In addition to building the dummies he uses in his act, Dunham also restores antique ones as a hobby, such as The Umpire, a 6-foot-tall (1.8 m) mechanized dummy built in 1941 to work the plate at a girl's softball game, but which went unused and packed away for 50 years, before Dunham acquired it in early 2008.[2]

Dunham, who says he has loved helicopters since childhood, is fond of building and flying his own kit helicopters from Rotorway helicopter kits, as depicted in his appearance on the CMT television magazine Fast Living.[10]

In November 2008 Dunham separated from his wife of 14 years, Paige, with whom he has three daughters, Bree, Ashlyn and Kenna.[2][4]

References

  1. ^ http://www.imdb.com/name/nm0242278/
  2. ^ a b c d e f g h i j k l m n o p q r Mooallem, Jon (2009-10-29). "Comedy for Dummies". New York Times Magazine. http://www.nytimes.com/2009/11/01/magazine/01ventriloquist-t.html. 
  3. ^ a b c d Bonnie D. Graham. "Jeff Dunham et al.: Seriously Split Personality, Seriously Funny Talent" The Improper Magazine; December 2005 (PDF file).
  4. ^ a b c d e Belinda Luscombe. "The Puppet Master" Time magazine; June 8, 2009.
  5. ^ Greg Braxton. "Jeff Dunham throws his voice into stardom" The Los Angeles Times; November 4, 2009
  6. ^ a b c d Tom Morris. "Success for Dummies" The Huffington Post January 19, 2010
  7. ^ a b "Jeff Dunham and Friends have found a Home at Comedy Central signing a Multi-Platform Deal to Encompass all Areas of Entertainment" Comedy Central; March 23, 2009.
  8. ^ Rose, Lacey (2009-07-13). "The Top-Earning Comedians". Forbes.com. http://www.forbes.com/2009/07/13/top-earning-comedians-business-entertainment-top-earning-comedians.html. Retrieved 2009-09-29. 
  9. ^ a b c d The biography page on Dunham's official site established his year of birth when it was accessed on April 17, 2009, but had been removed by November 28, 2009. Archive of 2007 version of official site.
  10. ^ a b Clip of Dunham from an episode of the CMT TV series Fast Living.
  11. ^ a b Jeff Dunham. "Building a Rotorway 162F Part 1 of 8: How I got into this." KITPLANES Magazine, March 1997
  12. ^ a b c d Jeff Dunham biography at Comedy Central.com.
  13. ^ Video of the Jeff Dunham Hertz commercial.
  14. ^ Jeff Dunham's Very Special Christmas Special at Amazon.com.
  15. ^ Daniel Frankel (November 18, 2008). "Dunham's 'Christmas' sleighs ratings". Variety. http://www.variety.com/article/VR1117996088.html?categoryid=14&cs=1.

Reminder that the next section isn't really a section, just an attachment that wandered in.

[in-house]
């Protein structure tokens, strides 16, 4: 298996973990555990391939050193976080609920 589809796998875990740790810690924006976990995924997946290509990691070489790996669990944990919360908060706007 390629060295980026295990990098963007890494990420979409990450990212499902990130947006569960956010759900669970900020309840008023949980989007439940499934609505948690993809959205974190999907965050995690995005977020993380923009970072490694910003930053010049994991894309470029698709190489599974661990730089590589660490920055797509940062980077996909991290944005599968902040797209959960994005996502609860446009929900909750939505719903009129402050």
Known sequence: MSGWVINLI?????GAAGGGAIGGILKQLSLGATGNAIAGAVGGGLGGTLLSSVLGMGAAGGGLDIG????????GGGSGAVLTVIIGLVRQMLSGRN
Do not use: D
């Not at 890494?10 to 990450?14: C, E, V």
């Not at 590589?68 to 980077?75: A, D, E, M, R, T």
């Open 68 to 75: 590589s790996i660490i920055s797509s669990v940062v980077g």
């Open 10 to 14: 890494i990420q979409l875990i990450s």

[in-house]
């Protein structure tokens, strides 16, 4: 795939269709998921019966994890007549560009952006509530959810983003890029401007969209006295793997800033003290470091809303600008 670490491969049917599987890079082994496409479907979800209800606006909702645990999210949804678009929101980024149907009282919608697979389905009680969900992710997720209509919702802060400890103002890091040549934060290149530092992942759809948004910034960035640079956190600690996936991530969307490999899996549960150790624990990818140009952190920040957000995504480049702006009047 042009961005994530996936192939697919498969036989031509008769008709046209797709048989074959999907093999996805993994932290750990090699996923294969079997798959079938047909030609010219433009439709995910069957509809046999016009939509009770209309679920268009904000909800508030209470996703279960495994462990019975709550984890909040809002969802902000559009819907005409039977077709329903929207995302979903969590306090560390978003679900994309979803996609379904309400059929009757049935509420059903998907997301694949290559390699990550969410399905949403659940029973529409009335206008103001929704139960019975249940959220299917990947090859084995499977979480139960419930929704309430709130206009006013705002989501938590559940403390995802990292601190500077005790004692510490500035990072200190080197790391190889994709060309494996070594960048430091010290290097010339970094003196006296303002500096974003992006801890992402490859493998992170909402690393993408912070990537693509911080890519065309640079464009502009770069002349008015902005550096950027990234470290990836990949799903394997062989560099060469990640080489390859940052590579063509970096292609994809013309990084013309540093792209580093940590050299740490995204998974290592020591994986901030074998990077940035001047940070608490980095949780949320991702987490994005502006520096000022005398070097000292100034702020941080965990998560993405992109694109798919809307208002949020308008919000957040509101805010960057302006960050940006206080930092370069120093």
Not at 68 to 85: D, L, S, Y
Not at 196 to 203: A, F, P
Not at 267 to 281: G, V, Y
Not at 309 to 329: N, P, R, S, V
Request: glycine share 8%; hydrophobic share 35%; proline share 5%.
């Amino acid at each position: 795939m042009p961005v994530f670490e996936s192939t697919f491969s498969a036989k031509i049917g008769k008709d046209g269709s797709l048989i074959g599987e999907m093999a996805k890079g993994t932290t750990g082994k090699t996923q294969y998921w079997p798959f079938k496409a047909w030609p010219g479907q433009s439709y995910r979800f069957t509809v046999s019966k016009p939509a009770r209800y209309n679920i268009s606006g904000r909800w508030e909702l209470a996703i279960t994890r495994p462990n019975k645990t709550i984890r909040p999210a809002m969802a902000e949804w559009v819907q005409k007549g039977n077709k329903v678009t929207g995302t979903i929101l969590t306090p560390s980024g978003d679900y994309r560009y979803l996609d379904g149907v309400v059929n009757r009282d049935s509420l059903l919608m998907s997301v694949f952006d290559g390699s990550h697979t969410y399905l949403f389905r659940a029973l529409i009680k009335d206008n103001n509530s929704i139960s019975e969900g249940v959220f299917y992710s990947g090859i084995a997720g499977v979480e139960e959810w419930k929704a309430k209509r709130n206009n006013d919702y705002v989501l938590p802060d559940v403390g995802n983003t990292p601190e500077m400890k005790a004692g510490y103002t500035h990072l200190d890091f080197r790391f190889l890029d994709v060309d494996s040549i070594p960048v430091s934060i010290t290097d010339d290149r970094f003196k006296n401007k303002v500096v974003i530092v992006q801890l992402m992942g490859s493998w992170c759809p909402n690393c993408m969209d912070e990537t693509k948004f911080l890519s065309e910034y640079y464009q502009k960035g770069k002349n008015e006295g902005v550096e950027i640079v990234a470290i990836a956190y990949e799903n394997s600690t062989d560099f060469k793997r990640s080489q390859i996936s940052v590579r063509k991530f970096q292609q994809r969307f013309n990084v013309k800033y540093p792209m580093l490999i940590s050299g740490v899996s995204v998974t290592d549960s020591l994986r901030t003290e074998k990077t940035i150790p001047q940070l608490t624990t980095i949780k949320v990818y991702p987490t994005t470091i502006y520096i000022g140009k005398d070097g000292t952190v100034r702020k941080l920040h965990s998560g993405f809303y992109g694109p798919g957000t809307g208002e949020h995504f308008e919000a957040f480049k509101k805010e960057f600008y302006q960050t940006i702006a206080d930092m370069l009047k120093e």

16. ^ Don't Come Home for Christmas at Amazon.com
  17. ^ The Jeff Dunham Show at Comedy Central.
  18. ^ Nellie Andreeva (2009-12-29). "Comedy Central: 'No plans' to renew Jeff Dunham". The Live Feed blog. http://www.thrfeed.com/2009/12/comedy-central-no-plans-to-renew-jeff-dunham.html. Retrieved 2009-12-29. 
  19. ^ "No Dunham Bump for 30 Rock Ratings" nymag.com; October 20, 2009.
  20. ^ Dinner for Schmucks official site
  21. ^ Dawn, Randee. "The Jeff Dunham Show -- TV Review" The Hollywood Reporter; October 20, 2009.
  22. ^ Joshua Rhett Miller. "Comedian Defends 'Achmed the Dead Terrorist' Puppet Routine Against South African Ban" Fox News; October 2, 2008
  23. ^ "Dead terrorist ad banned" iafrica.com; October 6, 2008.
  24. ^ de Moraes, Lisa. "How to Woo the TV Critics? With Insults." The Washington Post July 30, 2009.
  25. ^ The Jeff Dunham Show at Metacritic.
  26. ^ McLaren, Richard. "‘Dunham Show’ laughs are strictly for dummies" The Boston Globe October 22, 2009.
  27. ^ Wiser, Paige. "TV Review: Comedy Central's 'The Jeff Dunham Show'" Chicago Sun-Times; October 22, 2009.
  28. ^ Stuever, Hank. "Jeff Dunham's laugh-free zone" The Washington Post October 22, 2009.
  29. ^ Lowry, Brian. "The Jeff Dunham Show" Daily Variety October 20, 2009
  30. ^ Dear Walter at Amazon.com.
  31. ^ [1] at Amazon.com, accessed December 22, 2010.
  32. ^ a b This is mentioned in an extra on the Spark of Insanity DVD.
  33. ^ Video of Dunham and Peanut in which Peanut describes himself thus.
  34. ^ a b c "Jeff Dunham and his puppets". UnikNotions. http://uniknotions.com/fullarticle.php?articlenum=100. 
  35. ^ This is mentioned in the DVD Commentary of Arguing with Myself.
  36. ^ Achmed the dead terrorist and humor in popular geopolitics, Darren Purcell, Melissa Scott Brown and Mahmut Gokmen, GeoJournal, 31 January 2009.
  37. ^ Jeff Dunham's Identity Crisis Tour; Accessed September 28, 2010
  38. ^ Video of Dunham on A&E's An Evening at The Improv.

External links